an increasing number of men over the course of follow-up in the MACS have given up anal-genital intercourse while continuing to practise other sexual activities. If these practices were associated with an appreciable risk of infection over time, we should have observed seroconversions due to these other exposures (. . .) There was only one man in this study who appears to have been infected by sexual activities other than anal-genital intercourse. The accuracy of this report, is of course, dependent upon the accuracy of recall of the individual. The motivation for denial of anal-genital intercourse increases as it becomes more and more apparent to the homosexual community that this is the major route of infection.(50)

The researchers came to the conclusion that, on the basis on this individual’s report, “such transmission is possible, albeit rare”.

This assessment is also confirmed by the patterns of HIV transmission seen since large numbers of gay men started practising safer sex. Surveys show that although many men have avoided unprotected anal sex, whether by using condoms or by giving it up altogether, considerable numbers have continued to practise oral sex. As early as 1984, researchers in Vancouver reported that over a three-month period, “[s]pecific sexual practices were more likely to have decreased than increased, except for oral-genital contact”.(51) Although the proportion who avoid getting semen in their mouth has increased(52), only a tiny proportion have started to use condoms during sucking. In a sample of 229 sexually active British gay men who responded to a questionnaire in 1988, 180 (79%) had practised oral sex during the previous year, 117 to ejaculation. Of these, 103 (88%) never used a condom, the commonest reason being that they did not feel that it was necessary.(53) In some studies oral sex has become much more common in recent years: in Project SIGMA, the proportion of men who had oral sex in the month before they were interviewed rose from about 60% in 1988 to about 75% in 1991.(54)

But nevertheless, HIV transmission rates have fallen dramatically, in line with the reduction in unprotected anal sex. As Adam Carr has pointed out:

 

oral sex is now a far more common practice among gay men than unprotected anal sex. In cities like San Francisco and Sydney, sexually-active gay men are statistically likely to have frequent sexual encounters with HIV-infected partners. Seroconversions due to unprotected anal sex with HIV-infected partners continue to be documented; the Sydney study documented 55, or 8.5% of their total cohort, within four years. This makes the lack of documented seroconversions among the large majority of gay men who do not practise unprotected receptive anal sex with casual partners, but who do practise receptive oral sex, all the more striking.(55)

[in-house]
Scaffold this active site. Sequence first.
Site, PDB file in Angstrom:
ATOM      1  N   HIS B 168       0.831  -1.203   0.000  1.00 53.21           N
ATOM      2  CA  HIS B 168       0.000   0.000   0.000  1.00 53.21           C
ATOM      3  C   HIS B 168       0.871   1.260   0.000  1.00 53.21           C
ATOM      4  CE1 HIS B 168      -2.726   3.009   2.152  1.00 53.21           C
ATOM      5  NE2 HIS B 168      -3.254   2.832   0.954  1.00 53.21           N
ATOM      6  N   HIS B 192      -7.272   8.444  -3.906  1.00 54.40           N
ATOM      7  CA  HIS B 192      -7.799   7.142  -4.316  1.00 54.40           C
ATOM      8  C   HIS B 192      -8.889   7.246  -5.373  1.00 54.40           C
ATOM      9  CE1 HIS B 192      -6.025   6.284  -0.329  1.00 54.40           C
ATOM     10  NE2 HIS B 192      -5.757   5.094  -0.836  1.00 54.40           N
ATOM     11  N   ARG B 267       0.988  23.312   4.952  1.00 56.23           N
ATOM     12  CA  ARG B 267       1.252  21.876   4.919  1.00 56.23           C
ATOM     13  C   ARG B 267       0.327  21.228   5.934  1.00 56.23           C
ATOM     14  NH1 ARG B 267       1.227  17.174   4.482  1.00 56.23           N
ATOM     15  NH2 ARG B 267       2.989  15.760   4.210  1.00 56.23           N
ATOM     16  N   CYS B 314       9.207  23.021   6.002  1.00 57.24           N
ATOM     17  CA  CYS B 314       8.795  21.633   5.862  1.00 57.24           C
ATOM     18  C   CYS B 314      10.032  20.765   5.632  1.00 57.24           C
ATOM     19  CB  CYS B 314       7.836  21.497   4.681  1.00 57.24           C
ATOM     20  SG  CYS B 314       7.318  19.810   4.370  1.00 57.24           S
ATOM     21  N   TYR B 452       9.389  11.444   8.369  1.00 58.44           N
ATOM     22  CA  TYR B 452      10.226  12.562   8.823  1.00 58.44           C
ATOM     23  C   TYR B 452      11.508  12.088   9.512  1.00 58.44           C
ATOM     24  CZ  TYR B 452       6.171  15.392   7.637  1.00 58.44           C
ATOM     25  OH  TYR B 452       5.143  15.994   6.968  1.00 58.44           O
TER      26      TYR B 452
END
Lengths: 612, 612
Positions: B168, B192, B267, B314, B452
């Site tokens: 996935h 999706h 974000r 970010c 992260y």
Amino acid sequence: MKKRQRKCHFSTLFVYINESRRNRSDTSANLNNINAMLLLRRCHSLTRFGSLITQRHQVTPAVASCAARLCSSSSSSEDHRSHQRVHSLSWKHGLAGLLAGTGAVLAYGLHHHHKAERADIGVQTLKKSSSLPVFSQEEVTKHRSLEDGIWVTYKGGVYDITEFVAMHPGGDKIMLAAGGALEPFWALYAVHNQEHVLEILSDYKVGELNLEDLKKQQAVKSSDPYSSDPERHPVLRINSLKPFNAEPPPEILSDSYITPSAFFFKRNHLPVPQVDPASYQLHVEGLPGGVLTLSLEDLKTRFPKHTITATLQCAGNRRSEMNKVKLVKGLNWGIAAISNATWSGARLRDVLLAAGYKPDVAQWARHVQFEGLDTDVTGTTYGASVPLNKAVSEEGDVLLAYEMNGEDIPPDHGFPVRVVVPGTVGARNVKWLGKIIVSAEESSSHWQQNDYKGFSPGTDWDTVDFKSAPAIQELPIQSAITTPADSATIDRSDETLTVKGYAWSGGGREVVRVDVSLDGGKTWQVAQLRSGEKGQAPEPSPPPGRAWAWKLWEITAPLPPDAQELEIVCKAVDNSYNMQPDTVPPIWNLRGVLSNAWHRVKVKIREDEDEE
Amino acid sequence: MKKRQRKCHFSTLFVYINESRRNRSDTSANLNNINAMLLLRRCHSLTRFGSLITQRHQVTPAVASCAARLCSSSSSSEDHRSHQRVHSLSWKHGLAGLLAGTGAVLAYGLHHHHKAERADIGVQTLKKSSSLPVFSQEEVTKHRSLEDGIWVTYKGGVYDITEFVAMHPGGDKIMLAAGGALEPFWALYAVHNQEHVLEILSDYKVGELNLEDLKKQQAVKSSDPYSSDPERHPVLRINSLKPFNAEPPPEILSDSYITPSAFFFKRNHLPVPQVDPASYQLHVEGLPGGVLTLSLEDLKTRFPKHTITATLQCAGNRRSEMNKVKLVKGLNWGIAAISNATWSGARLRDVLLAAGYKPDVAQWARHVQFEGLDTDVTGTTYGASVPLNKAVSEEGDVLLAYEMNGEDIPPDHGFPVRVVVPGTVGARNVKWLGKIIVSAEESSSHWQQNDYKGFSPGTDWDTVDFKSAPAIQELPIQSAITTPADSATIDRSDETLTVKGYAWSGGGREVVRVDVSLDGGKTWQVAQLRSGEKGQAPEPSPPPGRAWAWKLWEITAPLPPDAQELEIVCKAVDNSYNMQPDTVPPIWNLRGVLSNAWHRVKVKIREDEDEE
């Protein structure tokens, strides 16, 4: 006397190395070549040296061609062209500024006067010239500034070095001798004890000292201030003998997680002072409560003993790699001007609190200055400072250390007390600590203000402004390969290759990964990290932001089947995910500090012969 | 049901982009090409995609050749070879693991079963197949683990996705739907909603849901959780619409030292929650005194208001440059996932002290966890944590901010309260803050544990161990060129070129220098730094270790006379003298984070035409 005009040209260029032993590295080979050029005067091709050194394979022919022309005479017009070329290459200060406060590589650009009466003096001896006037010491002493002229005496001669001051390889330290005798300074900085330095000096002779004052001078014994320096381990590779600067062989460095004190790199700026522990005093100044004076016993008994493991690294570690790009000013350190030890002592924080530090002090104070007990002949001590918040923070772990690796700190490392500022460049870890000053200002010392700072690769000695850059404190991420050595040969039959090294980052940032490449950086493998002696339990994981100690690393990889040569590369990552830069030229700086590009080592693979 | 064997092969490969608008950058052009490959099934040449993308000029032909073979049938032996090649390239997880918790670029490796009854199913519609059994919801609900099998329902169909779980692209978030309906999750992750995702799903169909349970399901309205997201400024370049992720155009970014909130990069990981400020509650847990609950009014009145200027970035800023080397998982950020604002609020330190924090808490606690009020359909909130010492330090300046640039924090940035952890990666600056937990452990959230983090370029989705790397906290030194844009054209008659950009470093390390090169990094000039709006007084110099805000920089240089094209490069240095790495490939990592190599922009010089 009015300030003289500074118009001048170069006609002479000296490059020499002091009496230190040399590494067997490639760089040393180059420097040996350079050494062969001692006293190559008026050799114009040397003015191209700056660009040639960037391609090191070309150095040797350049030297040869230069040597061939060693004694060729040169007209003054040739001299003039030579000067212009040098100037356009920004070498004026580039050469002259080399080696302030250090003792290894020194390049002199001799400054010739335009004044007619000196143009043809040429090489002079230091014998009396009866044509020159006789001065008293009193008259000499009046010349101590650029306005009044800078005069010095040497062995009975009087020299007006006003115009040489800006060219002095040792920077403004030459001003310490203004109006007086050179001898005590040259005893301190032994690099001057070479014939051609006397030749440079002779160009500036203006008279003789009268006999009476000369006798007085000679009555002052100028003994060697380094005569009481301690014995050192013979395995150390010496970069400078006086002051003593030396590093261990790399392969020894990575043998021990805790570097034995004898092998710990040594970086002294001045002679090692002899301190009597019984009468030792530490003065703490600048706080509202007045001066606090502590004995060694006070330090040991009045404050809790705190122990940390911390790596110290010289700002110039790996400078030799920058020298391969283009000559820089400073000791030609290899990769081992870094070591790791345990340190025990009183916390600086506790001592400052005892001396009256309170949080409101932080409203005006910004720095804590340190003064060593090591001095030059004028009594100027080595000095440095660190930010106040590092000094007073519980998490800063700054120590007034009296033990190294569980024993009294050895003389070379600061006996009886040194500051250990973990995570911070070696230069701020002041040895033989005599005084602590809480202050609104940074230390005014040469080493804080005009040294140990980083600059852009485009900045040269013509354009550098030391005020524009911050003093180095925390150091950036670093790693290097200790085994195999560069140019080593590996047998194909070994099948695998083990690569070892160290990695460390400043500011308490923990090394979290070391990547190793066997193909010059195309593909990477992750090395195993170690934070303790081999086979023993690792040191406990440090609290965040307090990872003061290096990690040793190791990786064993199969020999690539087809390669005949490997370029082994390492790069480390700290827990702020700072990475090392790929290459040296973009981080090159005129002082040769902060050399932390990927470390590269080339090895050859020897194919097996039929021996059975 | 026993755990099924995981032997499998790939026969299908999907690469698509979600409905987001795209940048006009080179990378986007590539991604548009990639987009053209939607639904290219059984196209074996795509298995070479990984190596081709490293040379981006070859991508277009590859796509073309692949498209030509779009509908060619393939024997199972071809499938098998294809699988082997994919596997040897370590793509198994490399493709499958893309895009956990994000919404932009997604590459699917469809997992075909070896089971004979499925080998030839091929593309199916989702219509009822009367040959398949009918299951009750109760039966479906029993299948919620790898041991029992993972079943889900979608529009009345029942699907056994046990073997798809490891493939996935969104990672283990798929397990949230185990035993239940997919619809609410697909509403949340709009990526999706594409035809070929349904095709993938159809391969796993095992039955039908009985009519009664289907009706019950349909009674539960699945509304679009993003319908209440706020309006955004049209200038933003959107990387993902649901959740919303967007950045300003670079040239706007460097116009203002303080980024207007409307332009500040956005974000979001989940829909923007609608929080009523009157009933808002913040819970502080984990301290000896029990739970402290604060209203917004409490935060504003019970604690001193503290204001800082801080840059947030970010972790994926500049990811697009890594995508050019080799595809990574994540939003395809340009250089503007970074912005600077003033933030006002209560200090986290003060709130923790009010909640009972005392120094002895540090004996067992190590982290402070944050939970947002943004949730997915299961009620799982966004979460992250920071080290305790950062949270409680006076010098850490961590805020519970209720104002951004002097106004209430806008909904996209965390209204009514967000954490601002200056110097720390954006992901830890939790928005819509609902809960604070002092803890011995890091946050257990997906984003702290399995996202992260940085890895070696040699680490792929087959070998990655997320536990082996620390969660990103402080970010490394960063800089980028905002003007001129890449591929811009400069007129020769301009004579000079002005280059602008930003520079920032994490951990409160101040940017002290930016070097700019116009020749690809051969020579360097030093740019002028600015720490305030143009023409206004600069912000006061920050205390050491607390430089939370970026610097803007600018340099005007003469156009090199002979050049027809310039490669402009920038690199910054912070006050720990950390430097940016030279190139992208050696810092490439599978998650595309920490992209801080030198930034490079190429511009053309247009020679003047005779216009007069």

In virtually every instance, gay men who become infected with HIV today report having had unprotected anal sex. For example, in 1991 researchers on Project SIGMA reported that:

 

no-one in the study who has not engaged in fucking is HIV antibody positive and all the men who are positive have engaged in fucking. In a case study of the 7 sero-conversions which have happened during the course of the Project's first 4 years, 5 of them can be linked to being fucked without a condom and the other 2 to fucking someone else without a condom.(56)

Despite the increase in oral sex among study participants, SIGMA found "no statistical relationship between HIV status and the general number of sexual partners, which if sucking were implicated would be the case".(57) Similarly, investigators with the cohort study at St Mary’s Hospital in London concluded in summer 1992 that “[t]he observation of declining rates of seroconversion despite the fact that a large proportion of seronegative subjects (greater than 75%) have continued to practise oral sex suggests that this practice carries very little or no risk for HIV transmission”.(58)

It is also helpful to reflect on the established modes of transmision of hepatitis B virus (HBV). In a two-and-a-half year prospective study of gay men recruited into the Pittsburgh arm of the Multicenter AIDS Cohort Study, it was established that HBV is transmitted 8.6-fold more efficiently than HIV between gay men, but nevertheless, no association between receptive oral sex and HBV transmission could be detected.(59) This is consistent with earlier research on HBV transmission(60), and suggests that the risk of HBV transmission during oral sex is at best very small, and that the risk of HIV being passed on in this way is likely to be even lower.